Julie Feeney - Clocks (Mittins )
ATHENRY BORN Julie Feeney is not pop, nor classical, nor indie, nor folk, yet all these genres/approaches are discernible within her music.
Feeney is the kind of vocalist-composer who fits within a category of music where individuality, imagination, and a desire not to be constrained by clichés (regardless of genre ) are key, and interestingly this is a challenge women are more likely to take up than men - think Stina Nordenstam, El Perro Del Mar, Kate Bush, Björk, Beth Jeans Haughton, etc.
On her third album Feeney skips through genres - pop (‘Galway Boy’ and ‘Imperfect Love’, both of which could take up residence on radio airwaves ), traditional Irish melodies (‘Every Inch A Woman’ ), and world music (‘Happy Ever After’ sounds like a translation of a German/Swiss folk tune ), without every sounding unfocused.
This is because Clocks’ arrangements are all based around string quartets with the occasional extra such as bass, horns, accordions, or a stray guitar, and no percussion. In short it is about using classical music to communicate left-field pop songs. Lyrically it is also her most personal album to dated featuring songs about her family.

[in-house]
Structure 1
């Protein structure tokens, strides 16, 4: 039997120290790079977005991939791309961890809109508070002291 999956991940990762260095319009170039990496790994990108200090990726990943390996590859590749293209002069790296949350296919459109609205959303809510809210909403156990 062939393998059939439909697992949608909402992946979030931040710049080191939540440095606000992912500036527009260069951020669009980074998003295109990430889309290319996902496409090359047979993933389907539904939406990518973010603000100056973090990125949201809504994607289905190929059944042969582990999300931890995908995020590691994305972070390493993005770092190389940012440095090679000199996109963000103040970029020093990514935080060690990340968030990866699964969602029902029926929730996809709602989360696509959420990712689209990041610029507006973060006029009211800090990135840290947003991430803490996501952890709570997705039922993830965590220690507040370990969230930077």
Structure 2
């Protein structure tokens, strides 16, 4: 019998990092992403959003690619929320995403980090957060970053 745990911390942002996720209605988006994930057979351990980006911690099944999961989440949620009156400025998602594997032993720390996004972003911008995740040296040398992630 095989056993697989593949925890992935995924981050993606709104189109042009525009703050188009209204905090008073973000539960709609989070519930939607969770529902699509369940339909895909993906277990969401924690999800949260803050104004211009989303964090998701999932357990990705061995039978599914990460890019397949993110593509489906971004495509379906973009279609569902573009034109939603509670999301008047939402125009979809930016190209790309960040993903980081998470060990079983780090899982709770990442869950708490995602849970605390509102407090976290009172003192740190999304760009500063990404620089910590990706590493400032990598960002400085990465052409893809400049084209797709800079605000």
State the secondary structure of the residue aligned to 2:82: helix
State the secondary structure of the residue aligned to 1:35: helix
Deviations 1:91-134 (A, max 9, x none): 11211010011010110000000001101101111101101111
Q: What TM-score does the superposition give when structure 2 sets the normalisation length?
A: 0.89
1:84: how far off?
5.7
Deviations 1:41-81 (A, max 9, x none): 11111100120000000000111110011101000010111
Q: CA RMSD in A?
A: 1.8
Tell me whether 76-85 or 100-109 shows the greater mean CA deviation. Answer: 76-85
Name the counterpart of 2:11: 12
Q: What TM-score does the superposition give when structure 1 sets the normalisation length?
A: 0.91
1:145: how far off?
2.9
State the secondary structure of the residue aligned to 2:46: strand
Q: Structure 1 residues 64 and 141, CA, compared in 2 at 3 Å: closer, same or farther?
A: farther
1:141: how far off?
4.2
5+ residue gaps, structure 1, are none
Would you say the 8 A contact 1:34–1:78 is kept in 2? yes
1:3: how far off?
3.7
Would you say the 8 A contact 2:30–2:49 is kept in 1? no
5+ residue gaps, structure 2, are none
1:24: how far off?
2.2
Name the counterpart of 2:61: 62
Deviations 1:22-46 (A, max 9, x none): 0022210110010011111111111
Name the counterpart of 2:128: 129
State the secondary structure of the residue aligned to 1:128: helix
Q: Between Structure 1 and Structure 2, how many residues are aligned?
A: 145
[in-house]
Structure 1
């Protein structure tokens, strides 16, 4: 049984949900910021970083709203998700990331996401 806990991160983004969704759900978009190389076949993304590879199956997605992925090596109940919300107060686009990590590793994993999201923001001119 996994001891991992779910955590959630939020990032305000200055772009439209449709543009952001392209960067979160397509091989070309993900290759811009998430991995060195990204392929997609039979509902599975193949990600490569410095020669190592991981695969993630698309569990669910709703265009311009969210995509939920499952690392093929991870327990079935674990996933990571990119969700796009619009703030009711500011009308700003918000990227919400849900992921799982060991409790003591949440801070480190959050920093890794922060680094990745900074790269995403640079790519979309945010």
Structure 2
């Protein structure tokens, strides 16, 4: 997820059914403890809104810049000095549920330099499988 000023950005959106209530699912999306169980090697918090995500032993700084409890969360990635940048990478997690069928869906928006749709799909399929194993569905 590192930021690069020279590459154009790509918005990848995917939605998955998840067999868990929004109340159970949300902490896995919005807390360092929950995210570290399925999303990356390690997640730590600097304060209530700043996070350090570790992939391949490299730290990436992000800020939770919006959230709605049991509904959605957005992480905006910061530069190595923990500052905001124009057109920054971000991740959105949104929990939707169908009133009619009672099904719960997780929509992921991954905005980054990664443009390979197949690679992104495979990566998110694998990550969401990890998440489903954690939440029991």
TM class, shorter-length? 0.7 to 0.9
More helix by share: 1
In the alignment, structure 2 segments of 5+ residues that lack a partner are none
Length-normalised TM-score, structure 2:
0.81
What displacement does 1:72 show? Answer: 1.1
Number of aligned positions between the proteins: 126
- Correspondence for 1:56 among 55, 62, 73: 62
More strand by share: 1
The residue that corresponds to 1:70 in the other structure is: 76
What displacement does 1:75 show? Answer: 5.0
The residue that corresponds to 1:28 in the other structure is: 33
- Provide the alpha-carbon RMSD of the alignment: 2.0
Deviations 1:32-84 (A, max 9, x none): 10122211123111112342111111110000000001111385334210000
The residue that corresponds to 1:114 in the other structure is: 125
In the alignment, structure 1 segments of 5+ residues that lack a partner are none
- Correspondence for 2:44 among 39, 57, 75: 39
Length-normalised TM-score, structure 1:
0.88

Clocks will be launched with a show at the Druid Theatre on Friday November 16. Doors are at 6.30pm and show starts at 8pm.
The Cubical - Arise Conglomerate
(Cargo Records/Halfpenny Records )
NOEL GALLAGHER has described The Cubical as “f****n’ mega!” and like their Mancunian champion, this Liverpool quintet unashamedly wear their influences on their sleeve.
The albums kicks off with ‘On The Weekend’, an infectious, horn driven slice of Mod rock, but it is a curveball as thereafter it is blues and r’n’b all the way. The inspirations are obvious - Brian Jones led era Stones and the raucous British blues of the early 1960s (‘It Ain’t Human’, ‘Lay Your Love Down’ ), 13th Floor Elevators garage-psych (the magnificent ‘1, 2, 3 Girl’ ), and sombre blues that are not so much Louisiana swamp as Mersey grime (‘Daily Grind’, ‘Old Idiot’ ).
A key part of The Cubical’s sound is Dan Wilson’s ‘whiskey’n’fags soaked’ blues growl which is strongly influenced by Captain Beefheart. But then, original as the Captain was, his own vocal style was heavily indebted to and shaped by Howlin’ Wolf - so wearing an obvious influence is not necessarily a crime or slight on a band.
While The Cubical may not be the most original act out there, it is good to hear someone champion British blues values and they play with an energy and commitment that is infectious, irresistible, and highly enjoyable.